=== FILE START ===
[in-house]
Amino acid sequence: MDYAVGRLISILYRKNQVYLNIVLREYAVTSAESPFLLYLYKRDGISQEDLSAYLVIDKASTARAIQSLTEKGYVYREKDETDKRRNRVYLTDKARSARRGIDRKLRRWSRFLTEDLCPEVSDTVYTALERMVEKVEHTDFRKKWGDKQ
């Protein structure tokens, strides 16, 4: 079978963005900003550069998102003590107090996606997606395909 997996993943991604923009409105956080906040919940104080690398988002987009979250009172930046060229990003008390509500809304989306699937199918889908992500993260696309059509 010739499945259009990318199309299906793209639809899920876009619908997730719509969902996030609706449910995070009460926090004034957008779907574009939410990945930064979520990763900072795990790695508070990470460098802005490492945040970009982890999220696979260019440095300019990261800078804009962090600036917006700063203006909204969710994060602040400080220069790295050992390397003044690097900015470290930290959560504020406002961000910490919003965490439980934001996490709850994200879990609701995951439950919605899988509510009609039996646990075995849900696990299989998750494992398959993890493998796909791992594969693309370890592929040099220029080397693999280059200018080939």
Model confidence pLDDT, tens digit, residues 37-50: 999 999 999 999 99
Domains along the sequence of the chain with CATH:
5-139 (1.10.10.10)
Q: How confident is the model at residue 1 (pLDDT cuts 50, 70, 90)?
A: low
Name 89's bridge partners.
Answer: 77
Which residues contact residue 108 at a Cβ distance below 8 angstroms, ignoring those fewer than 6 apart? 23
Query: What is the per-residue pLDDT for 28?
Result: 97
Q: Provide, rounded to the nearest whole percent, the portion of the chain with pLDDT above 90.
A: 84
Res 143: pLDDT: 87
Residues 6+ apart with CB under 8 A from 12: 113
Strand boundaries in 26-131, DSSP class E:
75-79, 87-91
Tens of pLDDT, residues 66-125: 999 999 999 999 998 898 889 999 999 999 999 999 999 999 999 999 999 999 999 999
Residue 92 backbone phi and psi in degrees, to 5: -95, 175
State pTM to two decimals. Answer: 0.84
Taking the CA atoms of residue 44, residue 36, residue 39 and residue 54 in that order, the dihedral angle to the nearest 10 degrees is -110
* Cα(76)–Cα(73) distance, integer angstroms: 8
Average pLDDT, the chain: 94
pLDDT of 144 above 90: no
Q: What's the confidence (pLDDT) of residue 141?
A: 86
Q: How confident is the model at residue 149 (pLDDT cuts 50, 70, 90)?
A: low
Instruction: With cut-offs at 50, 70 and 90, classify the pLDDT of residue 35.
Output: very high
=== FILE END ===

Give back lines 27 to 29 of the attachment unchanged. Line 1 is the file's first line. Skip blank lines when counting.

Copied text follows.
Q: What's the confidence (pLDDT) of residue 141?
A: 86
Q: How confident is the model at residue 149 (pLDDT cuts 50, 70, 90)?